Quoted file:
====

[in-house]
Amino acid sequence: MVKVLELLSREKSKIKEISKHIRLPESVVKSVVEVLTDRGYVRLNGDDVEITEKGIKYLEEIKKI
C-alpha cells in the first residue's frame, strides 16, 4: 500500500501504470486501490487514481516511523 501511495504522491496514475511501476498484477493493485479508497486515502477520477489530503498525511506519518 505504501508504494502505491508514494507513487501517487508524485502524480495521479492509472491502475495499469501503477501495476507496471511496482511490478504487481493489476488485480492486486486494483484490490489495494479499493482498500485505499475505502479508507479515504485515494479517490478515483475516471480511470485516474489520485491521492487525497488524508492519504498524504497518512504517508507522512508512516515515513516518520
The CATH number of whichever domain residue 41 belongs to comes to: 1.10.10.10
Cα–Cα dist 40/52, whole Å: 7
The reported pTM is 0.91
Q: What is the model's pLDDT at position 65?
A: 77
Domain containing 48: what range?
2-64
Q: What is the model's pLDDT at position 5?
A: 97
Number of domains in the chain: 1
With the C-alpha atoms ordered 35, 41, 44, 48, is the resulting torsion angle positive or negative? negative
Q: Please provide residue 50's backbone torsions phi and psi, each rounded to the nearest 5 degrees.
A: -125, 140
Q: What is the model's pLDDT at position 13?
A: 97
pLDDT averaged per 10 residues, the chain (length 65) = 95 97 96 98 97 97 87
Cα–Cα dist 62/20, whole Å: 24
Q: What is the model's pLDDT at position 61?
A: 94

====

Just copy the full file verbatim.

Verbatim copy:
[in-house]
Amino acid sequence: MVKVLELLSREKSKIKEISKHIRLPESVVKSVVEVLTDRGYVRLNGDDVEITEKGIKYLEEIKKI
C-alpha cells in the first residue's frame, strides 16, 4: 500500500501504470486501490487514481516511523 501511495504522491496514475511501476498484477493493485479508497486515502477520477489530503498525511506519518 505504501508504494502505491508514494507513487501517487508524485502524480495521479492509472491502475495499469501503477501495476507496471511496482511490478504487481493489476488485480492486486486494483484490490489495494479499493482498500485505499475505502479508507479515504485515494479517490478515483475516471480511470485516474489520485491521492487525497488524508492519504498524504497518512504517508507522512508512516515515513516518520
The CATH number of whichever domain residue 41 belongs to comes to: 1.10.10.10
Cα–Cα dist 40/52, whole Å: 7
The reported pTM is 0.91
Q: What is the model's pLDDT at position 65?
A: 77
Domain containing 48: what range?
2-64
Q: What is the model's pLDDT at position 5?
A: 97
Number of domains in the chain: 1
With the C-alpha atoms ordered 35, 41, 44, 48, is the resulting torsion angle positive or negative? negative
Q: Please provide residue 50's backbone torsions phi and psi, each rounded to the nearest 5 degrees.
A: -125, 140
Q: What is the model's pLDDT at position 13?
A: 97
pLDDT averaged per 10 residues, the chain (length 65) = 95 97 96 98 97 97 87
Cα–Cα dist 62/20, whole Å: 24
Q: What is the model's pLDDT at position 61?
A: 94